Submitting gemstones to intense heat may render them slightly more brittle than usual, and care must be taken not to damage pointed faceted corners and edges.

 

Oiling

What is the oiling treatment?

The vast majority of emeralds are treated to improve their clarity. When the rough emerald is mined it is thrown into a barrel of oil; when it is cut, oil is used as a lubricant on the cutter's lap. The colorless oil seeps into the fissures on the surface of the emeralds. When the fractures contain the oil they are less eye visible. To complete this process oil is pressurized into the fissures of the polished stone. 

    

 

                                       

 

        

  Before and after oiling treatment 

 

 

 

 This practice is widely accepted in the trade!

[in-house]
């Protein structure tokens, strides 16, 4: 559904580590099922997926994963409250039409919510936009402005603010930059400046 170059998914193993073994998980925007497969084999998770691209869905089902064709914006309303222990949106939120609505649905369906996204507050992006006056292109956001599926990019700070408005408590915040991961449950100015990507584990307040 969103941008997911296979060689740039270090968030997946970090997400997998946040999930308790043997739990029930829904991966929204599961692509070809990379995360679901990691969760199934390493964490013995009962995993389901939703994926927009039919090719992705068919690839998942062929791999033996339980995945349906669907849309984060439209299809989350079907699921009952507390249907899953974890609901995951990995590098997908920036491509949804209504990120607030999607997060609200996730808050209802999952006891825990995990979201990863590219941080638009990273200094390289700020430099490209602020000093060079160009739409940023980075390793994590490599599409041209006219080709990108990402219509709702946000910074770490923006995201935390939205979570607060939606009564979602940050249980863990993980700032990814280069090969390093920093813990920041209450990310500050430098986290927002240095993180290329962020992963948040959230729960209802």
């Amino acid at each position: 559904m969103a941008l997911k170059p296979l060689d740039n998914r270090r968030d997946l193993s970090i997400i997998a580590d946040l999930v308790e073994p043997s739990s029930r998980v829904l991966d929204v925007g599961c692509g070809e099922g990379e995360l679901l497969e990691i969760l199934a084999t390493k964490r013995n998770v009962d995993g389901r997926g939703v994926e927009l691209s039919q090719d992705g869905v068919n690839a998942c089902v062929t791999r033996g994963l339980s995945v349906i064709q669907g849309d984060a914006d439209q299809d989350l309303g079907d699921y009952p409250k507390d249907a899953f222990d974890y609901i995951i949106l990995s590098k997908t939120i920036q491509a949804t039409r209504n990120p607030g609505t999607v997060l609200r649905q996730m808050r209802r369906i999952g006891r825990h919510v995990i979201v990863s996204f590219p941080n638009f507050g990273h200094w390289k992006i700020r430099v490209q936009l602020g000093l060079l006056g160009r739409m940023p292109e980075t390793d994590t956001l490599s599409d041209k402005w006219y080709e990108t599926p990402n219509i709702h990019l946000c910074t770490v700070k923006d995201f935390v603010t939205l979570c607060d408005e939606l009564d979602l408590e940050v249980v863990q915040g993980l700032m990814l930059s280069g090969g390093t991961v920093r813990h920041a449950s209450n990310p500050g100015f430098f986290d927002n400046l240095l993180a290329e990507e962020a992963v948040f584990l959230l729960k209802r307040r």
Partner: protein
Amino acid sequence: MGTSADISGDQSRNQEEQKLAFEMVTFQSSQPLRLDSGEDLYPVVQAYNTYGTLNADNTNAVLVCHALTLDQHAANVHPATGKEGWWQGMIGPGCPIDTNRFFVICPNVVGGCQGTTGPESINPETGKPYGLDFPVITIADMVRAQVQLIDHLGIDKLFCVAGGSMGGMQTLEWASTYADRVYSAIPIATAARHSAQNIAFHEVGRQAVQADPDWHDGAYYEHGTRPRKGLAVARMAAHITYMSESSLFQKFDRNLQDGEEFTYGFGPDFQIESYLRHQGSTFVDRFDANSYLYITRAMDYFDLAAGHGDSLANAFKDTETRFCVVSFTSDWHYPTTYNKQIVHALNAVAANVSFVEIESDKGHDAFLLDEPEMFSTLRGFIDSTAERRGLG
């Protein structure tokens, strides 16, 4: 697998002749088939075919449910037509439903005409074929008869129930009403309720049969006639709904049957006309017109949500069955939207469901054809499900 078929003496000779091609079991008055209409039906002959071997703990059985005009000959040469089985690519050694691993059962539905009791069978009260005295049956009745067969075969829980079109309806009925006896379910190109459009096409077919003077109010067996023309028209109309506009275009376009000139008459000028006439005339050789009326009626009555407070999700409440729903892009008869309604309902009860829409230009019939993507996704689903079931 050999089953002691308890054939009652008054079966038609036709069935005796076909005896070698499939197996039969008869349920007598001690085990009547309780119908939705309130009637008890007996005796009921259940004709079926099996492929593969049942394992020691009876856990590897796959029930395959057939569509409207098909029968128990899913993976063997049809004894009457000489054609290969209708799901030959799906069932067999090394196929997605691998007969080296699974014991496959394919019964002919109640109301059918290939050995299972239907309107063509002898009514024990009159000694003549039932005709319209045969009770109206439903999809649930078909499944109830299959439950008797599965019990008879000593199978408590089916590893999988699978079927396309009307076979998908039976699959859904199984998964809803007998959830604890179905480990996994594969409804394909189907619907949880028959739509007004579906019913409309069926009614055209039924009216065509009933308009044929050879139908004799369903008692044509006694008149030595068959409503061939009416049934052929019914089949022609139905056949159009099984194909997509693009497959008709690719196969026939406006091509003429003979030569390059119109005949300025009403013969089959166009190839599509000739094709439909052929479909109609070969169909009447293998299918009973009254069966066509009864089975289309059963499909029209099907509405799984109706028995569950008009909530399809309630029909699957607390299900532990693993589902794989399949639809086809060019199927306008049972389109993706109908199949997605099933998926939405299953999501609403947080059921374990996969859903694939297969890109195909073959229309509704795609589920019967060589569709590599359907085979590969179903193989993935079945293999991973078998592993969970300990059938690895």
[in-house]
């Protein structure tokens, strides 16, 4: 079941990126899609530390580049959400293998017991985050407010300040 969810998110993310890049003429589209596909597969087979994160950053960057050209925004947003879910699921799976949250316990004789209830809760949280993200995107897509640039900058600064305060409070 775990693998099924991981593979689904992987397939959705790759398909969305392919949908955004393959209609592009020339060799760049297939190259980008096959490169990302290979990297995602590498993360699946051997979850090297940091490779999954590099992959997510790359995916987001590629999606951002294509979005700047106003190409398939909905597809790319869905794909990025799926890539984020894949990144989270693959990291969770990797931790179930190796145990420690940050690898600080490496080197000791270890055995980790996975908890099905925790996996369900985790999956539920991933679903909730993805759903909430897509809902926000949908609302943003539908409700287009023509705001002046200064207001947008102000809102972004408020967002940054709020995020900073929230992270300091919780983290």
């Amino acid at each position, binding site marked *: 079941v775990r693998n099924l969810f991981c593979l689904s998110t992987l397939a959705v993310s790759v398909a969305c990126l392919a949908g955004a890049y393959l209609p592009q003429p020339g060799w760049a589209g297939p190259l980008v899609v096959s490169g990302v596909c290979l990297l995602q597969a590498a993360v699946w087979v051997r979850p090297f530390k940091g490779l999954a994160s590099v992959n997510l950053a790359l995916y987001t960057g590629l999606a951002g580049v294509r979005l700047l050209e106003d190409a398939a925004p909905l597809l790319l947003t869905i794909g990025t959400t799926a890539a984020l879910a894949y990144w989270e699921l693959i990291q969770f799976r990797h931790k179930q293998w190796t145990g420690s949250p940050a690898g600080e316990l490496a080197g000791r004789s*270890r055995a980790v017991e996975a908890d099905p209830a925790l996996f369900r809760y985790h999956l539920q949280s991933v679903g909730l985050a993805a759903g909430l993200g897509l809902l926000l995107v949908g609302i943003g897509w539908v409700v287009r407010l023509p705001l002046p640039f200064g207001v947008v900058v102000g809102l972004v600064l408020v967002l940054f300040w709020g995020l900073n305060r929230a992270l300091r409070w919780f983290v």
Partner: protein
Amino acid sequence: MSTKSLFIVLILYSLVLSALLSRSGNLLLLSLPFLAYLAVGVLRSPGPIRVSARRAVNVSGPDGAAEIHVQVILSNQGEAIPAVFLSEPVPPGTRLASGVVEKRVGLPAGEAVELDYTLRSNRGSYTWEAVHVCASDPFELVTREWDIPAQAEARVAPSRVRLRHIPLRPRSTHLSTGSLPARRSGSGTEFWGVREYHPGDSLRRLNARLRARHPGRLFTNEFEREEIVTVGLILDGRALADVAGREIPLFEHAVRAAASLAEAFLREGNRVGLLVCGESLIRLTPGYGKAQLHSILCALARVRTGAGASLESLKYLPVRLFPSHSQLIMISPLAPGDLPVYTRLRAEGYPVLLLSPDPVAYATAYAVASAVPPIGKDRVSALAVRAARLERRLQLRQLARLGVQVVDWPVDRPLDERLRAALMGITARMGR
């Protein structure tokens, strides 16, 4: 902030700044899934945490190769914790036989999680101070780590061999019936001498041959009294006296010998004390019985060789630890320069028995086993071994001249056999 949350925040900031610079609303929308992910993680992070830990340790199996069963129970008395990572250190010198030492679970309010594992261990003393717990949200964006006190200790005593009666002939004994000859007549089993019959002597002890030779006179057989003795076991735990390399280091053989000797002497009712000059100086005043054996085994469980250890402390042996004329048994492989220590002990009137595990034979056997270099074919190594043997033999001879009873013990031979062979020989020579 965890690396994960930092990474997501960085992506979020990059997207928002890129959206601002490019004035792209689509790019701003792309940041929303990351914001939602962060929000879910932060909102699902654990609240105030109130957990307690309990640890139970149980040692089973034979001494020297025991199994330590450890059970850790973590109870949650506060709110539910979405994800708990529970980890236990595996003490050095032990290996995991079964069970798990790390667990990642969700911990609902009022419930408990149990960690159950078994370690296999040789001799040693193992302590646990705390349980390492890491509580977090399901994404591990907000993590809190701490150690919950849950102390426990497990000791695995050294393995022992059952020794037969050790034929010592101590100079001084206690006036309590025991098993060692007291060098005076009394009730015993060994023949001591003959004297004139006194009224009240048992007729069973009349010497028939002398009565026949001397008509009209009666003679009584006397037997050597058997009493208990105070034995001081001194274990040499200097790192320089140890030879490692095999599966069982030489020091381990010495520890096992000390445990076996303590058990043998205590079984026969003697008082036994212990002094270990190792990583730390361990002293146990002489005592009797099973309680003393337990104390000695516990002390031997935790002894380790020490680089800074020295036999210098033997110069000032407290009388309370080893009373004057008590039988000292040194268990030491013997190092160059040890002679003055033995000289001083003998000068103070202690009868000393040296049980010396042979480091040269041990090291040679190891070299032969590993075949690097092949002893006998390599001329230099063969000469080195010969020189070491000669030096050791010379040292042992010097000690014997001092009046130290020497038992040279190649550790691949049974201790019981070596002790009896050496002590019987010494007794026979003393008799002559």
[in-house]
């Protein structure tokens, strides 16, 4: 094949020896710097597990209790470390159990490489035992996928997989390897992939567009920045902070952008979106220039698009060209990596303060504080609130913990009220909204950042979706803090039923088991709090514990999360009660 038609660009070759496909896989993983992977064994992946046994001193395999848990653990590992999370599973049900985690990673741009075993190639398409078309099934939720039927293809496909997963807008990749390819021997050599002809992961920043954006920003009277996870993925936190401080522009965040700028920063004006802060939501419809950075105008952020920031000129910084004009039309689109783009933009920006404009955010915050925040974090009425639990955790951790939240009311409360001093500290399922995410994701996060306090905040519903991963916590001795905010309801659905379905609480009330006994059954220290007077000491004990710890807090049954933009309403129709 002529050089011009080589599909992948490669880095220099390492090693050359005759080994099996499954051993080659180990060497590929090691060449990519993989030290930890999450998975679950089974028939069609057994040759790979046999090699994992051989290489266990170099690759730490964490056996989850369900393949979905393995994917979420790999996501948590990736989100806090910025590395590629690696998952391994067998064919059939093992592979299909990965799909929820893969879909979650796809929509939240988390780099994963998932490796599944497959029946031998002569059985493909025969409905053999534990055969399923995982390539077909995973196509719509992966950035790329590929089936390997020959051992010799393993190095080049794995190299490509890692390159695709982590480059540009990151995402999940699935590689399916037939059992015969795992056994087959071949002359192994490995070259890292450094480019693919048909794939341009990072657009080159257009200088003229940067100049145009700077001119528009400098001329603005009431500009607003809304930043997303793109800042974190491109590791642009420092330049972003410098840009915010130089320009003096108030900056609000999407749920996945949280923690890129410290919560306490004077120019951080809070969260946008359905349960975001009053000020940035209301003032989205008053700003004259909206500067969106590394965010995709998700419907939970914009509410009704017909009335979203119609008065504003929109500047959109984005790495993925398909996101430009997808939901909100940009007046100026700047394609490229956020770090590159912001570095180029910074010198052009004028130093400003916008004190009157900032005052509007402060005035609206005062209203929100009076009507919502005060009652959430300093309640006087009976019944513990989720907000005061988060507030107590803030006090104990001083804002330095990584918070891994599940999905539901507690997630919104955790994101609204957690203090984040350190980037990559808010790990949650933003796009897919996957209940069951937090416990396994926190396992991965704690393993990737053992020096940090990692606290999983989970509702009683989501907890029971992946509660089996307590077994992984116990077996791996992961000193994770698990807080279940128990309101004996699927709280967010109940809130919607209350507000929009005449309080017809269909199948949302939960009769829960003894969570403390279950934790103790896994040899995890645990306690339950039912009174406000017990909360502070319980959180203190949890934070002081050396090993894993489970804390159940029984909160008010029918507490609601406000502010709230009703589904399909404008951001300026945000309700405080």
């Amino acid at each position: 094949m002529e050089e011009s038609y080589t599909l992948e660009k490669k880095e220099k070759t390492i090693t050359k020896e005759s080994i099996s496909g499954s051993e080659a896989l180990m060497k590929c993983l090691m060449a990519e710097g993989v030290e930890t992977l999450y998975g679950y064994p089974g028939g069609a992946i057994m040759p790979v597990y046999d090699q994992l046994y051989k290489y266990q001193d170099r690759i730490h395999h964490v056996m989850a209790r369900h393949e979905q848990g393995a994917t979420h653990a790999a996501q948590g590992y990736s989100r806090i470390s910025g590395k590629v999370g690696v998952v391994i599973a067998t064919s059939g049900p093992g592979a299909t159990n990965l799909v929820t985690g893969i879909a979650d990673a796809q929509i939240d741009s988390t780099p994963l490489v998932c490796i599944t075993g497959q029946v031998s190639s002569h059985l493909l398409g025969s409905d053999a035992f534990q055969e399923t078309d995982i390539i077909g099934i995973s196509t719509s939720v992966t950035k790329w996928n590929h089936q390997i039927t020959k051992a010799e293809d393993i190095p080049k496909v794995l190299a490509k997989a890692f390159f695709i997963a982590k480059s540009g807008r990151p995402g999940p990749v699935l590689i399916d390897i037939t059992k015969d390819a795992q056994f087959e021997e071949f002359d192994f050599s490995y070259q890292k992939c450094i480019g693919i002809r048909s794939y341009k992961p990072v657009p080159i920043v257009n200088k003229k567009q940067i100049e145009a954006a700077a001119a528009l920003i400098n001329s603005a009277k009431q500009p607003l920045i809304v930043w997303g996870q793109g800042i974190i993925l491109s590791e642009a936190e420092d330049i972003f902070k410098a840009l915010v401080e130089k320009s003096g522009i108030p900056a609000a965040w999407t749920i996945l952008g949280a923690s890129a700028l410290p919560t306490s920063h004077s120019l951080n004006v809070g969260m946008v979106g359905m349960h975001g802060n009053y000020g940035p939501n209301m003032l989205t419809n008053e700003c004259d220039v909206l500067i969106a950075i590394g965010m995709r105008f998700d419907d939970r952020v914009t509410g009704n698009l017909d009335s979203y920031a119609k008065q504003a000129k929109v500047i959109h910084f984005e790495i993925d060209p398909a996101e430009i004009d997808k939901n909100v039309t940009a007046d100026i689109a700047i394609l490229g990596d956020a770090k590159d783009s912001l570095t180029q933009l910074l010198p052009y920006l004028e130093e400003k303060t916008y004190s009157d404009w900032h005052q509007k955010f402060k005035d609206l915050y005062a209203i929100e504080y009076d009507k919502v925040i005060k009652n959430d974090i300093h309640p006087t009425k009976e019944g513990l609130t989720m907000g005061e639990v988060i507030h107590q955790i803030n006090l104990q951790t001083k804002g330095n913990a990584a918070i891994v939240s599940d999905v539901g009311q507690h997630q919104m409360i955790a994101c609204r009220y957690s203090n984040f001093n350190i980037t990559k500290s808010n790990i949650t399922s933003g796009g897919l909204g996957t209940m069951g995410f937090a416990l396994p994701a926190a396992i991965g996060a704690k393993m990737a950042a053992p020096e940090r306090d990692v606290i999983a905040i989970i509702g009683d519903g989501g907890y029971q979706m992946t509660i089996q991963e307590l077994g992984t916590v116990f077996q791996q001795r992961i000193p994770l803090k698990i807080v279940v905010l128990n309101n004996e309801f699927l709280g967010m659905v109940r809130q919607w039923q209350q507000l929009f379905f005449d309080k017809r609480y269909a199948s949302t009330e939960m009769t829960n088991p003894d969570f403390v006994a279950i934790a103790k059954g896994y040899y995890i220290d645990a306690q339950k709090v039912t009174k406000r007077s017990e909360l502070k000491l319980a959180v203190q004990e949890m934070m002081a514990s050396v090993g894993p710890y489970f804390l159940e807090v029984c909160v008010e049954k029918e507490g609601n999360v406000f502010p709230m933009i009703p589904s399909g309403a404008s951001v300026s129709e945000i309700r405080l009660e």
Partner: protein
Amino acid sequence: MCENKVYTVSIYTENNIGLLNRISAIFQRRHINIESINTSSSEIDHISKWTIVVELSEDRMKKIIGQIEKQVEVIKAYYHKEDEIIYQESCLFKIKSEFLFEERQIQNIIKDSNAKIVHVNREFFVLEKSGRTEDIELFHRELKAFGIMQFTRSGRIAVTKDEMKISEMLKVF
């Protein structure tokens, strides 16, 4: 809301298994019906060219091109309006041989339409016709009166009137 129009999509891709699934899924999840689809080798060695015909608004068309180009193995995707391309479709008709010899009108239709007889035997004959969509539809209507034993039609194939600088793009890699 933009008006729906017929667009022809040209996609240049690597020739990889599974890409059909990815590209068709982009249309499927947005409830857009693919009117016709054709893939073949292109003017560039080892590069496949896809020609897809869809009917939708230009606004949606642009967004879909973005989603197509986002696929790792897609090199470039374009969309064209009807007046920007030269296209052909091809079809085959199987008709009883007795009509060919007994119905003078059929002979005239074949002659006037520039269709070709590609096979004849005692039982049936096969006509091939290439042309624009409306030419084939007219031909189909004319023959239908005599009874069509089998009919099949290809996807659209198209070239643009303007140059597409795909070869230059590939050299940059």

The traditional treatment for emerald is oiling with cedar oil. Cedar oil is a natural product from cedar trees and is colorless, viscous and very sticky. Cedar oil has been used for fracture-filling emerald because it has a refractive index that is similar to emerald. In order to the cedar oil to penetrate the microscopic cracks in emerald, it requires some heat and pressure to do the job. First the emeralds are cleaned, usually in an acid bath. Then the gems are placed in a heated hydraulic cylinder with pure cedar oil and locked tight. The heat liquefies the cedar oil and the pressure helps it penetrate any tiny cracks in the emerald.

After several hours the cylinder is left to cool. The stones are then removed and cleaned. The cedar oil that has penetrated the emerald returns to its thick, viscous state, making it very difficult for it to leak out without the aid of ultrasonic cleaners, excessive heat or harsh solvents.